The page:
Senator Markey Statement in Opposition to USMCA Trade Deal: “This Is A Profound Environmental and Climate Failure”

 

Boston (January 14, 2020) – Senator Edward J. Markey (D-Mass.), a member of the Environment and Public Works Committee and co-author of the Green New Deal, released the following statement after voting against committee passage of the USMCA. 

 

“Since NAFTA went into effect in January 1994 – 26 years ago – every year of a young person’s life has been warmer than the 20th century average,” said Senator Markey. “We have just lived through the hottest decade in recorded history. We are seeing the dramatic effects of the climate crisis every day, with floods, hurricanes, wildfires, and rising seas all worsening as we fail to act. We cannot afford another 26 days, let alone years, of business as usual, where fossil fuel companies get to play by their own rules.

 

“Despite this climate emergency, the USMCA trade deal fails to even mention climate change – the most important issue of our time. It has no climate or environmental standards, which will mire progress on this generational challenge. The trade deal includes explicit giveaways for the fossil fuel industry, making it cheaper to export dirty tar sands oil and continues giving the gas industry carte blanche to export American gas to Mexico. It also gives polluters new power over the policymaking process while continuing old rules that allow fossil fuel companies like Chevron and ExxonMobil to file suit in secret tribunals against climate or environmental policies.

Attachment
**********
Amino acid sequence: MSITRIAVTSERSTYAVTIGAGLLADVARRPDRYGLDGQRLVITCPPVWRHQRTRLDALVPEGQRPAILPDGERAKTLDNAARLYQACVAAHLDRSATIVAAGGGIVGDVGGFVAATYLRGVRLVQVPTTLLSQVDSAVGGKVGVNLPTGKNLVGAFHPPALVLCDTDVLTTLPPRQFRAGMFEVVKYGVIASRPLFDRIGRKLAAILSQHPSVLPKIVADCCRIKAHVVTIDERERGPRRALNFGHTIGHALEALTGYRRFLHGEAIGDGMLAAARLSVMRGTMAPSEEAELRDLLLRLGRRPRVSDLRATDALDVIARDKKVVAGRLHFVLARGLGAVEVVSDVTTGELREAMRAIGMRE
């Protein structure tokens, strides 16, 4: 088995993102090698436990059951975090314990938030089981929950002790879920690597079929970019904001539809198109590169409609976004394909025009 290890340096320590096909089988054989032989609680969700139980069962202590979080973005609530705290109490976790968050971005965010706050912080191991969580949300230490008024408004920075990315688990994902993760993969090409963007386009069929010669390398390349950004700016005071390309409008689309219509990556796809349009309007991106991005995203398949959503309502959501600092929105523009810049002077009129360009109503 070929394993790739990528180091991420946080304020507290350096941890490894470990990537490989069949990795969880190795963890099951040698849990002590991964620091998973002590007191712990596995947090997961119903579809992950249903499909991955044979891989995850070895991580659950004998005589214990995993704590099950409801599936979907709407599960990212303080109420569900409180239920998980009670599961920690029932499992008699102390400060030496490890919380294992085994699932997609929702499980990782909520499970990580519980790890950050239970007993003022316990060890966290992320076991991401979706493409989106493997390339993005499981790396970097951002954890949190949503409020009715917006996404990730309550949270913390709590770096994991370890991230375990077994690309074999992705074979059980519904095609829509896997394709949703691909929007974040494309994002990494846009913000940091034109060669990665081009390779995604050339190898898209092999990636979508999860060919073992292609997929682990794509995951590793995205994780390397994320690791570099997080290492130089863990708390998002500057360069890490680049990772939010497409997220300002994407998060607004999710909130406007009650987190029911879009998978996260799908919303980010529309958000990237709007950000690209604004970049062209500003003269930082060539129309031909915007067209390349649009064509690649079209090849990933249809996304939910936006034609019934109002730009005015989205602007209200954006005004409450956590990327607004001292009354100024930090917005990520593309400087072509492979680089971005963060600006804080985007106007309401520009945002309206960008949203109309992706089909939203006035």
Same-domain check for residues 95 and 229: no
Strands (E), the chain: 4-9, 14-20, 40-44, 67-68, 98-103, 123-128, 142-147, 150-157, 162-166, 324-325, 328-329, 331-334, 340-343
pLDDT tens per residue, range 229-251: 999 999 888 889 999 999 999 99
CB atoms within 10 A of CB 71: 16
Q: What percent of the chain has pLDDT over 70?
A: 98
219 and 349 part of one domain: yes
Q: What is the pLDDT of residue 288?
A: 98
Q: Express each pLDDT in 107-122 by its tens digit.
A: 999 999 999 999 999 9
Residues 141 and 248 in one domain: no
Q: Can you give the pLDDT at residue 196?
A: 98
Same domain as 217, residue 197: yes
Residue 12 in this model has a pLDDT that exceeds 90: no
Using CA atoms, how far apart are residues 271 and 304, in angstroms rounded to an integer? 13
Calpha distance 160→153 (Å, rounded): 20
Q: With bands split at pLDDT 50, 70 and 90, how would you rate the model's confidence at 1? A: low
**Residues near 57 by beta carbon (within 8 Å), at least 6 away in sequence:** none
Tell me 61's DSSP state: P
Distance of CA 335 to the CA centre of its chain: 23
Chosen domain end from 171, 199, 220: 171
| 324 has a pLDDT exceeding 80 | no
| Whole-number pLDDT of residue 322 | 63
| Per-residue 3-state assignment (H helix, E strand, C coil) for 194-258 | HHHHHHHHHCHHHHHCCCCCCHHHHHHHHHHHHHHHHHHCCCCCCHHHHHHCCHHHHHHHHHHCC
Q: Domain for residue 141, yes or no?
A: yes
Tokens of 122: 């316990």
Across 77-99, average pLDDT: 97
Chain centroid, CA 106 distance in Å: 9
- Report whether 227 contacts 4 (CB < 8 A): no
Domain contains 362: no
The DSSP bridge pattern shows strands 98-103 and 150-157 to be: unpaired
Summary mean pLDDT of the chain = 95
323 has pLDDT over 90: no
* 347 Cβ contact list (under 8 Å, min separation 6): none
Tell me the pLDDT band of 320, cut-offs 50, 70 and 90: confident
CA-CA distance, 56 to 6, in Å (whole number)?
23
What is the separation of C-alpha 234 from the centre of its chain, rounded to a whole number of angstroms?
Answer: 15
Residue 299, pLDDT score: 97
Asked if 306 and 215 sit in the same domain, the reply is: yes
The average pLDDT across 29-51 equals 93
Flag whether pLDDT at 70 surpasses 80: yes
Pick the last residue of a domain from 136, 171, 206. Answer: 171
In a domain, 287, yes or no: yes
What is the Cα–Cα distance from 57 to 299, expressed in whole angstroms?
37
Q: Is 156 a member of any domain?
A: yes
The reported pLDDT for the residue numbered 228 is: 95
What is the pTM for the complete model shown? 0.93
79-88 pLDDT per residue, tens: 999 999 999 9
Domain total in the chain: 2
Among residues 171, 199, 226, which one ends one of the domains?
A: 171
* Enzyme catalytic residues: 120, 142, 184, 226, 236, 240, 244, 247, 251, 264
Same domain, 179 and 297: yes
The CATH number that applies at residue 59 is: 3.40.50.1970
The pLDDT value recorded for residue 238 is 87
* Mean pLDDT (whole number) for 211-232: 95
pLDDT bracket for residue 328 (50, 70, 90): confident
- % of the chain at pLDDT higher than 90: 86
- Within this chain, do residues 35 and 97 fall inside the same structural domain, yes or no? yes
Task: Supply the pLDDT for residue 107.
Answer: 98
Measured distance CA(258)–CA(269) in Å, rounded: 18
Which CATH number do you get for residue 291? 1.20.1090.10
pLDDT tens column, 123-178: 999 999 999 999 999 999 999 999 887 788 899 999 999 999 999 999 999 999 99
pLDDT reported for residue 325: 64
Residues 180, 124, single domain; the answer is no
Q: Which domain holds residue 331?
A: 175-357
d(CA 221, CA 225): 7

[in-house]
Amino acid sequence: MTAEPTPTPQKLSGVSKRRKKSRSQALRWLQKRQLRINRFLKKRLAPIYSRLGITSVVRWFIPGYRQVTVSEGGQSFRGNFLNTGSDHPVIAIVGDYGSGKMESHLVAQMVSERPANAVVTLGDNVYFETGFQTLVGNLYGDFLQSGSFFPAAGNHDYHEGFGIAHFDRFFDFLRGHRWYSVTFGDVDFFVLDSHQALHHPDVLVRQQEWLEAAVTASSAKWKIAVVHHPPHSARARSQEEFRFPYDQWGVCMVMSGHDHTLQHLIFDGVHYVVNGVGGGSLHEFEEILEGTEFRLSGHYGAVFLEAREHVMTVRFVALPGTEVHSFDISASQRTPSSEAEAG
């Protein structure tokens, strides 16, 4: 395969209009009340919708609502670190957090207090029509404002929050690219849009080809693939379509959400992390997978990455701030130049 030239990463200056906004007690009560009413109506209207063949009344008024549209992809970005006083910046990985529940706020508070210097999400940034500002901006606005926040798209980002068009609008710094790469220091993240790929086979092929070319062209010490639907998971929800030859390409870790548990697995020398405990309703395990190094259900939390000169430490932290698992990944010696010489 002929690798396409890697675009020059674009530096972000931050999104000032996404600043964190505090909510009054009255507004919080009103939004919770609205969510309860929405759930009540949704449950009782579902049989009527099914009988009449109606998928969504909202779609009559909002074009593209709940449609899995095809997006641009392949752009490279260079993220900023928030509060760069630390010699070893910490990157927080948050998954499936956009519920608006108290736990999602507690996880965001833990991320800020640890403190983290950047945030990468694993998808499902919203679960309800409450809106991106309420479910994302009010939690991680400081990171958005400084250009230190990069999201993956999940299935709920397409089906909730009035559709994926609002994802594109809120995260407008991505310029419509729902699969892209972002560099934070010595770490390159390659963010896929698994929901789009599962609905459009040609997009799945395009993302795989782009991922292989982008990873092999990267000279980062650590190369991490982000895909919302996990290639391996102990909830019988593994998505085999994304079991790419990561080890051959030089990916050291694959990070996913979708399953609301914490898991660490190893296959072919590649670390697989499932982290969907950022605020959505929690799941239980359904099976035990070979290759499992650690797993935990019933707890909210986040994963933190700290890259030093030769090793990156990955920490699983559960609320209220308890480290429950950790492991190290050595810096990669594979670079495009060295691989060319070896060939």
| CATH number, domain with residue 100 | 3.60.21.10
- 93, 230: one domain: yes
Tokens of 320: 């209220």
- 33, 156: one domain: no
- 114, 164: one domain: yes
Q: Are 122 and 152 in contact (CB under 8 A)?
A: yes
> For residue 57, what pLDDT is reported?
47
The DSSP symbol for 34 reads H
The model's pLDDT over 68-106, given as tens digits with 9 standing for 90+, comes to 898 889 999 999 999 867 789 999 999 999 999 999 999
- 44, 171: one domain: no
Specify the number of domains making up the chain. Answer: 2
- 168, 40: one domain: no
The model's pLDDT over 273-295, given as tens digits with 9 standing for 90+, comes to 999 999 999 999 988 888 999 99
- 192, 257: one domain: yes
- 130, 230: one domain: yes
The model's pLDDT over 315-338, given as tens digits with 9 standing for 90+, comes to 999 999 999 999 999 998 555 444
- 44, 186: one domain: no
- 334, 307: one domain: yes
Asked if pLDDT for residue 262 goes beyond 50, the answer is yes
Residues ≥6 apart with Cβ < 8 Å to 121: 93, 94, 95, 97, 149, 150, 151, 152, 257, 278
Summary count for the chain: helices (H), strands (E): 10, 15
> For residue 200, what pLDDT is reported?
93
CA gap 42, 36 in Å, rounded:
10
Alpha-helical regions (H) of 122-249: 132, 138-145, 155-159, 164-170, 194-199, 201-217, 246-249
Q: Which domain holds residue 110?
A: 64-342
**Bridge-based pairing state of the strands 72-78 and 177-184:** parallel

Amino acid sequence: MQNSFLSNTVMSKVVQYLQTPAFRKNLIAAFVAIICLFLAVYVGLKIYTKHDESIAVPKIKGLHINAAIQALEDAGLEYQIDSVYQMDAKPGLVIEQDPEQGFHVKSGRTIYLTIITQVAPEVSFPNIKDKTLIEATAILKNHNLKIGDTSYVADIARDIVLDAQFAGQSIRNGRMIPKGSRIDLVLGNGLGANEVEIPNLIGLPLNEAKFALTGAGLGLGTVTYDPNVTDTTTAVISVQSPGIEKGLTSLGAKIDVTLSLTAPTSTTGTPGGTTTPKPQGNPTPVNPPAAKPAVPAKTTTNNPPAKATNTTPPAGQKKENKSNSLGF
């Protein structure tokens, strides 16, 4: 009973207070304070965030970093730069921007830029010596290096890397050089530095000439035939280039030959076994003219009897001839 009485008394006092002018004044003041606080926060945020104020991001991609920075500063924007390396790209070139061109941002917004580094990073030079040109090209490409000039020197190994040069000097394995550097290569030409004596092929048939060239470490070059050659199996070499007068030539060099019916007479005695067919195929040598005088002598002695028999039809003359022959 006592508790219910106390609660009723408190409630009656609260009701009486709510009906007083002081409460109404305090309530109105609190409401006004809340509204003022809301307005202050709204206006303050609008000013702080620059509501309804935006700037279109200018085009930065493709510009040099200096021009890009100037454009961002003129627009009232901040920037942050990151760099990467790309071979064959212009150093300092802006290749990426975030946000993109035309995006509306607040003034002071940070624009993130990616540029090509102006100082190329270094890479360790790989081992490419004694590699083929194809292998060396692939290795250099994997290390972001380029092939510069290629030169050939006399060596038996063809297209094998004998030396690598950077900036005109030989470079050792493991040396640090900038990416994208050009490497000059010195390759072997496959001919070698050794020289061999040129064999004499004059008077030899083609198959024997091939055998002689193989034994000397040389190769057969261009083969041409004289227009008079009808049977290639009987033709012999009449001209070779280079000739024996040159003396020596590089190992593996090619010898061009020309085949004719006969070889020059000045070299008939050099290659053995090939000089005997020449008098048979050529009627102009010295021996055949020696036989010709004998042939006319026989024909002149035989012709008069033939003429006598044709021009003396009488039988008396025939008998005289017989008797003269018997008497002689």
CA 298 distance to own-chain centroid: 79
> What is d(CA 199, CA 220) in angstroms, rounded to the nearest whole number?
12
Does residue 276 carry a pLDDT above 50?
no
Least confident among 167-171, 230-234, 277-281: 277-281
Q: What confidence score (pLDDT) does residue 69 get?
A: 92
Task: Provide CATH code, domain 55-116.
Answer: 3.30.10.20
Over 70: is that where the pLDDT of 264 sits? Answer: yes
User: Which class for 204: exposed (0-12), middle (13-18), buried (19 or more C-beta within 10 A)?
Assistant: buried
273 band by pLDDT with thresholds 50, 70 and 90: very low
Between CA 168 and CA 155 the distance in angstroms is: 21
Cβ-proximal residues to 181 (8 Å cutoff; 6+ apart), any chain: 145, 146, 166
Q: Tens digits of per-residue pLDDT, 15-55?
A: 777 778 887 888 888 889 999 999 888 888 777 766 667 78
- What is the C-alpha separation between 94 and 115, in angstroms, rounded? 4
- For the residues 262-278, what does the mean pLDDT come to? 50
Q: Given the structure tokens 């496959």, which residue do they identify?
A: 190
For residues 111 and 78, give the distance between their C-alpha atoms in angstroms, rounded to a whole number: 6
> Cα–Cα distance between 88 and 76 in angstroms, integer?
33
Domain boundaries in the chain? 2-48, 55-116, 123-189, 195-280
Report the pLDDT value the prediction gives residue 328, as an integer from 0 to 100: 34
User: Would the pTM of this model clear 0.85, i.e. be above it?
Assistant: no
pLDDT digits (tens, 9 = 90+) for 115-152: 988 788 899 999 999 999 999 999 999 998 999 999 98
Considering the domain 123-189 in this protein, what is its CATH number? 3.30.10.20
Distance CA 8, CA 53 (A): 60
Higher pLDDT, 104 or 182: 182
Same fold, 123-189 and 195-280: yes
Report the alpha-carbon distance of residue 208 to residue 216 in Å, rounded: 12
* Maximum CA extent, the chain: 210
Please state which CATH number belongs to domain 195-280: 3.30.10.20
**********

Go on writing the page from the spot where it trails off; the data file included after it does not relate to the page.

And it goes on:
“The USMCA is a trade deal that will hinder progress on climate action for a generation. This is a profound environmental and climate failure.

 

“I commend the efforts of Speaker Nancy Pelosi, Ranking Members Ron Wyden and Sherrod Brown, and AFL-CIO President Richard Trumka who fought hard to make sure the horrible agreement negotiated by President Trump became much better. The mechanisms they were able to include to hold Mexico accountable are critically important for ensuring new labor standards and protections in that country.

 

“But we can no longer negotiate trade deals using the same framework of the past,” concluded Senator Markey. “Trade deals must reflect the urgency of our time and implement the strategic vision necessary for our planet’s survival.”

 

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